Sodden walls/damp/mold in my room

Discussion in 'benefits and housing' started by ilovebush&blair, Nov 18, 2017.

  1. ilovebush&blair

    ilovebush&blair Well-Known Member

    I rent a room in a shared house and recently I have noticed mold and mildew behind the bed, behind the wardrobe up the walls and the ceiling (the walls are sodden). I have noticed my books and clothes have also become moldy. When I reported this to my landlord he seemed concerned and said it was a problem with the guttering. I am moving out in a few weeks and he has just texted me to say it is due to condensation and suggested I open my window. I am worried that I won't get my deposit back is there anyone who can advise me on this problem.
  2. friendofdorothy

    friendofdorothy it is so much worse than Thatcherism now

    lack of heating, ventilation, overcrowding can cause mold. Its a health issue for you, so I'm glad you are moving.

    Your landlord would be unreasonable to charge you because of mold damage, especially if it is to do with penetrative water damage due to his lack of maintenance to guttering. Opening windows may help as will washing down surfaces with bleach or mold killer, but if walls are sodden it will take a long time to dry out. Your landlord may need dehumidifiers.

    Your deposit should be protected by the deposit protection scheme and you should have been given details of this at the start of your tenancy, or else your landlord is acting illegally.
    Information For Tenants - Deposit Protection Service
  3. Mrs Miggins

    Mrs Miggins There's been a slight cheese accident

    Speaking from a position of little real knowledge but if the walls are actually sodden, that is not condensation - it is a proper damp problem.
  4. SheilaNaGig

    SheilaNaGig Struggling and striving

    If he tries to withhold your deposit bill him for the replacement of your damaged books.
    equationgirl and farmerbarleymow like this.
  5. ilovebush&blair

    ilovebush&blair Well-Known Member

    The walls are wallpapered so can't really wash them with bleach or mold killer
  6. krtek a houby

    krtek a houby this means nothing to me

    Short term, dehumidifier will help. But it's down to landlord, not you.
    friendofdorothy and rubbershoes like this.
  7. Teaboy

    Teaboy It definitely looks brighter over there..

    Well, most of what we call damp is condensation.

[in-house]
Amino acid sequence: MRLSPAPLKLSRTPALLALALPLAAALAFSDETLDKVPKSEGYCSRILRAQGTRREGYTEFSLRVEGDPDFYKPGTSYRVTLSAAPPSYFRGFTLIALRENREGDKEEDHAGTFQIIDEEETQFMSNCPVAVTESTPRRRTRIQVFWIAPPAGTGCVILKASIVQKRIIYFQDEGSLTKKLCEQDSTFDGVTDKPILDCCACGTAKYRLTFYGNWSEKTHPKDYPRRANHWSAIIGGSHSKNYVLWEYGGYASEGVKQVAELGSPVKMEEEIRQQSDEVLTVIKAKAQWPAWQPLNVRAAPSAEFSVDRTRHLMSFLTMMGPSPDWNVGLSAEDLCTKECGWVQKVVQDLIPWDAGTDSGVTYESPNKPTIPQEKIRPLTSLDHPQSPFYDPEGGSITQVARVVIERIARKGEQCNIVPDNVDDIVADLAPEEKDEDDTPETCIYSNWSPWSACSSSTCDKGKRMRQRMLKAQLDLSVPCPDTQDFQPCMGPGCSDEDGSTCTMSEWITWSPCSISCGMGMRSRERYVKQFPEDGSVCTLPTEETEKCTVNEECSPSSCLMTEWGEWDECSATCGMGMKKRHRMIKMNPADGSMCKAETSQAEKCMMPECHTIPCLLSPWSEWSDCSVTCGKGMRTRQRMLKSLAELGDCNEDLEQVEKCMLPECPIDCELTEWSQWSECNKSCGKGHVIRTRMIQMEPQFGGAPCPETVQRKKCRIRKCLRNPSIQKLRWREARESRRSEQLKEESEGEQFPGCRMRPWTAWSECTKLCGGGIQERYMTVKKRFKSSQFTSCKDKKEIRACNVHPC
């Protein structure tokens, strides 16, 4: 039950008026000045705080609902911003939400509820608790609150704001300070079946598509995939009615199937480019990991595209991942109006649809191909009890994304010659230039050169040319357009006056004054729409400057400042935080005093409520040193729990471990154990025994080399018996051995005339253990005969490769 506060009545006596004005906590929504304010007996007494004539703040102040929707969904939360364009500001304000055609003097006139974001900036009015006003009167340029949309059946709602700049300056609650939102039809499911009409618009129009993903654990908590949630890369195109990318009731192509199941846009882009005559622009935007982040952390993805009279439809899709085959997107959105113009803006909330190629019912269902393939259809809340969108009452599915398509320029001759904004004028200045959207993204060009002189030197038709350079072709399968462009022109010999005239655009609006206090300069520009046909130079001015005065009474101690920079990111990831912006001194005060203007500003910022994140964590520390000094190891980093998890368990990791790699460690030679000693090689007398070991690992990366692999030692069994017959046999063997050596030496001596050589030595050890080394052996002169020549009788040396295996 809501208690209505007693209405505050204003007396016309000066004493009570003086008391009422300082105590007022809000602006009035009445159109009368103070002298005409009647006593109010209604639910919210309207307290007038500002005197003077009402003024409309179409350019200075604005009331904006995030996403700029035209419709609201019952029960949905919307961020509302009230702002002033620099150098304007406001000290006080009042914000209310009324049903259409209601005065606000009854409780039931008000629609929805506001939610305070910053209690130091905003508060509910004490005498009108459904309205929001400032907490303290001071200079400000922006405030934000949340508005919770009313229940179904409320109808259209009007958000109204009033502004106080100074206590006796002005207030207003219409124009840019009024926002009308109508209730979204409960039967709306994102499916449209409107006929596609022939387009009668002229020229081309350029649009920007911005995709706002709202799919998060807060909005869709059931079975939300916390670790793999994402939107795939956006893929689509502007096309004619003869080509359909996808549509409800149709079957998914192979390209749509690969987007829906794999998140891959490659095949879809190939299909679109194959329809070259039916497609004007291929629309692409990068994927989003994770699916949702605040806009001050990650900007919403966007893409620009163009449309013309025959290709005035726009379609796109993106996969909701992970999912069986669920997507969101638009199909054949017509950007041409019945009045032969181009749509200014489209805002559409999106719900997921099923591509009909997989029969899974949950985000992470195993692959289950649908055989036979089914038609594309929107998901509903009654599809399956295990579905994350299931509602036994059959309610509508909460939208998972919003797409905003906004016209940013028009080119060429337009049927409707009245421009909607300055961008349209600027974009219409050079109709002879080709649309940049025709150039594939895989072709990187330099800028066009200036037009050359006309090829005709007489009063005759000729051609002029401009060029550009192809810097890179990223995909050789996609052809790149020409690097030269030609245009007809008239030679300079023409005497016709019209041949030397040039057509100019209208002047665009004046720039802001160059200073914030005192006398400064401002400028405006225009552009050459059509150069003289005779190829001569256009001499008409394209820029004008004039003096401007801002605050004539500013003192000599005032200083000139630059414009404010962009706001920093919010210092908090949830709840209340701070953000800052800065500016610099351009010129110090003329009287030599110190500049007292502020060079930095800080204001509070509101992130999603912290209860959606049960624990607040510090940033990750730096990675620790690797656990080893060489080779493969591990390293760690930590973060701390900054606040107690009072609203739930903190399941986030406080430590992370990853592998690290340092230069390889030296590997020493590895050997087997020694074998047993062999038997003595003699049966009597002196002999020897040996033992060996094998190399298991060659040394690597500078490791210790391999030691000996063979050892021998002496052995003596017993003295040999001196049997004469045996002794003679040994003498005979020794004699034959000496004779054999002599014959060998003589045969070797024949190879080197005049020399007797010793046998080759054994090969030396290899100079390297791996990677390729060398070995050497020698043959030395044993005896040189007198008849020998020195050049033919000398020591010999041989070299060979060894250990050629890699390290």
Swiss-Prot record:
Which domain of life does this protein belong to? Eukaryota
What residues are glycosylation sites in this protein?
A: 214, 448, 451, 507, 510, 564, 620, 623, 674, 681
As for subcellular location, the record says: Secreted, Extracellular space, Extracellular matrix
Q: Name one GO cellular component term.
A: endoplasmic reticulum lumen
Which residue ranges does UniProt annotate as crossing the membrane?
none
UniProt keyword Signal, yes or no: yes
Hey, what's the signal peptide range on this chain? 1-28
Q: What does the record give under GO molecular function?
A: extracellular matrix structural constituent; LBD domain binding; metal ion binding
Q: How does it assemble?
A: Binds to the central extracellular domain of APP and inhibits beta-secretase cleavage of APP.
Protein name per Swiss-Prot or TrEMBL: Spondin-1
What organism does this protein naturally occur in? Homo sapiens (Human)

Is your bedroom upstairs? Is the downstairs also suffering? Is the damp appearing on cold walls (external walls) only or also on warm walls (internal walls)?

    Damp can be caused by a number of different things, it can be a penetrative as suggested, a leak etc, sometime rising damp. Generally though its most often caused by the nature of the building itself. Do you live in a Victorian (or similar) conversion? A huge amount of London housing stock is built with 9" solid brick. This was fine until we put central heating and double glazing in. As there is no cavity in the wall the external walls are cold and we all know what happens when warm air hits cold, it condenses. The dew point is on the internal face of the wall.

    Short of putting external or internal insulation on the wall there isn't much that can be done. Move furniture away from the walls and allow it to breathe and dry out. Open windows whenever possible, don't dry wet clothes on the radiator. The dehumidifier is a good call, we used to run one continuously in and old flat, they're pretty low energy usage.

    As long as you have reported it to your landlord and taken reasonable steps you shouldn't be charged because its an inherent fault in the property, doesn't mean they won't try but they shouldn't get away with it. Landlords, estate agents, people all looking to sell their houses will all be play shocked if there is any damp but they know full well because generally its been there for a long time. They just keep repainting.
  8. ilovebush&blair

    ilovebush&blair Well-Known Member

    Oh yeah they fixed the heating and it was all OK. Even got my deposit back when I moved out

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